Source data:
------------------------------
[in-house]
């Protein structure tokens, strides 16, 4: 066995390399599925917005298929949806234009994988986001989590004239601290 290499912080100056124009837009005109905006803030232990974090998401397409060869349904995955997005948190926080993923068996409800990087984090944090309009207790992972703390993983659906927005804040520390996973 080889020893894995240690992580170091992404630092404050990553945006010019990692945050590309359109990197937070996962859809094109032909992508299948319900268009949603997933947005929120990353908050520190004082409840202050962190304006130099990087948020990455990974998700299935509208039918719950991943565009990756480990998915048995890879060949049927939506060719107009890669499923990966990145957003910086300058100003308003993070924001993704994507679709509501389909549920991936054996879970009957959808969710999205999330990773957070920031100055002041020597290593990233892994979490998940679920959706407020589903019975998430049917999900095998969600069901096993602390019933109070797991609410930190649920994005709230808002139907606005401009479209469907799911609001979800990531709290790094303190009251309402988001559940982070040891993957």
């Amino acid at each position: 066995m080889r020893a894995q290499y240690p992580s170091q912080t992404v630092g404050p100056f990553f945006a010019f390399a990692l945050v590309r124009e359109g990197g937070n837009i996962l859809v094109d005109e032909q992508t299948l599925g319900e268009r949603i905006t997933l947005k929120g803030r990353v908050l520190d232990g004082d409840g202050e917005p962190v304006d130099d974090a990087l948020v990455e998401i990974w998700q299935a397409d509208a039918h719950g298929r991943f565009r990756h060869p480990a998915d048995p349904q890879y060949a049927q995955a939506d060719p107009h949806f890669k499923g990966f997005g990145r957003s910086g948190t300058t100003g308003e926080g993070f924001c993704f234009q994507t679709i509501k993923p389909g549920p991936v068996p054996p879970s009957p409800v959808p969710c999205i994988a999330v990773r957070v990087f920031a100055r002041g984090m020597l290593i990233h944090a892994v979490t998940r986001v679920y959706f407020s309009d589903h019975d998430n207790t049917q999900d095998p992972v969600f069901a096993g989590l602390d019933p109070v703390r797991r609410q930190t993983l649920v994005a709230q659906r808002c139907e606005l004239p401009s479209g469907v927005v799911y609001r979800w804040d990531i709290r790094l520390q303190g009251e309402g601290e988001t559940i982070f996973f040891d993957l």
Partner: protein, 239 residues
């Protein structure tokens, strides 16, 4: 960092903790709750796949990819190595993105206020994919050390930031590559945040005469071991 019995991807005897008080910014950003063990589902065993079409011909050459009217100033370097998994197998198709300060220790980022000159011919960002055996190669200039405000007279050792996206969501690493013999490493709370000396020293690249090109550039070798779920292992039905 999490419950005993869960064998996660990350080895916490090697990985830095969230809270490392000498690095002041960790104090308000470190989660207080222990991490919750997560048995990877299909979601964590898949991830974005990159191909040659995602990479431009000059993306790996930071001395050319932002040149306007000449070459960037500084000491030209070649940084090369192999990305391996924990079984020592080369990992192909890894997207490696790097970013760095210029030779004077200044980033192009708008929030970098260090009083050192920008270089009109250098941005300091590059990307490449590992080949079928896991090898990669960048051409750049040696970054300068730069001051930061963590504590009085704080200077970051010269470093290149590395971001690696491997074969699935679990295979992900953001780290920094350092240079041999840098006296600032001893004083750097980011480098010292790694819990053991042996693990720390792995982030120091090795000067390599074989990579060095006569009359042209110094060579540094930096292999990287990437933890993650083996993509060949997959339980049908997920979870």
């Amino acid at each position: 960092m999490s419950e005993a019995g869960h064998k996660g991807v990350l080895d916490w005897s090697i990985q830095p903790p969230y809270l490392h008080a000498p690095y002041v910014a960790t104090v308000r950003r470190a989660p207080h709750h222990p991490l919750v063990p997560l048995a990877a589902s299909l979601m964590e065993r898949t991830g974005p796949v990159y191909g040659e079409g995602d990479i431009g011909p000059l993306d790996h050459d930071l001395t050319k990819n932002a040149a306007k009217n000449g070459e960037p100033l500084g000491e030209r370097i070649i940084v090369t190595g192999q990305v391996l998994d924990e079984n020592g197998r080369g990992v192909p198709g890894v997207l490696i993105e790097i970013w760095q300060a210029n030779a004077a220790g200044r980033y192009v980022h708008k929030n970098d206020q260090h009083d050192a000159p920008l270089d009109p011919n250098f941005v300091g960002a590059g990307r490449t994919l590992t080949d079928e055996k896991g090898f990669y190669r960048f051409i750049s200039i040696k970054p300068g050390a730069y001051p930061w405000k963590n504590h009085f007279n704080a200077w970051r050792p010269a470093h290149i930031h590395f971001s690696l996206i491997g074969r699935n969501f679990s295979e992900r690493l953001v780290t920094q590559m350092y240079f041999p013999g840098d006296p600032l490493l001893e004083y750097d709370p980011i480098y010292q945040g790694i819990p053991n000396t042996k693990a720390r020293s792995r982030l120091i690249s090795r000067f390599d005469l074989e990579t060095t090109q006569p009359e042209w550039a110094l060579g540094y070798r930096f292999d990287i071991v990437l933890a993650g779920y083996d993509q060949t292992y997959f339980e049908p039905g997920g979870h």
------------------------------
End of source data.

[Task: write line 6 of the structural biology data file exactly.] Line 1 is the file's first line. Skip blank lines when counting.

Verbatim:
């Amino acid at each position: 960092m999490s419950e005993a019995g869960h064998k996660g991807v990350l080895d916490w005897s090697i990985q830095p903790p969230y809270l490392h008080a000498p690095y002041v910014a960790t104090v308000r950003r470190a989660p207080h709750h222990p991490l919750v063990p997560l048995a990877a589902s299909l979601m964590e065993r898949t991830g974005p796949v990159y191909g040659e079409g995602d990479i431009g011909p000059l993306d790996h050459d930071l001395t050319k990819n932002a040149a306007k009217n000449g070459e960037p100033l500084g000491e030209r370097i070649i940084v090369t190595g192999q990305v391996l998994d924990e079984n020592g197998r080369g990992v192909p198709g890894v997207l490696i993105e790097i970013w760095q300060a210029n030779a004077a220790g200044r980033y192009v980022h708008k929030n970098d206020q260090h009083d050192a000159p920008l270089d009109p011919n250098f941005v300091g960002a590059g990307r490449t994919l590992t080949d079928e055996k896991g090898f990669y190669r960048f051409i750049s200039i040696k970054p300068g050390a730069y001051p930061w405000k963590n504590h009085f007279n704080a200077w970051r050792p010269a470093h290149i930031h590395f971001s690696l996206i491997g074969r699935n969501f679990s295979e992900r690493l953001v780290t920094q590559m350092y240079f041999p013999g840098d006296p600032l490493l001893e004083y750097d709370p980011i480098y010292q945040g790694i819990p053991n000396t042996k693990a720390r020293s792995r982030l120091i690249s090795r000067f390599d005469l074989e990579t060095t090109q006569p009359e042209w550039a110094l060579g540094y070798r930096f292999d990287i071991v990437l933890a993650g779920y083996d993509q060949t292992y997959f339980e049908p039905g997920g979870h």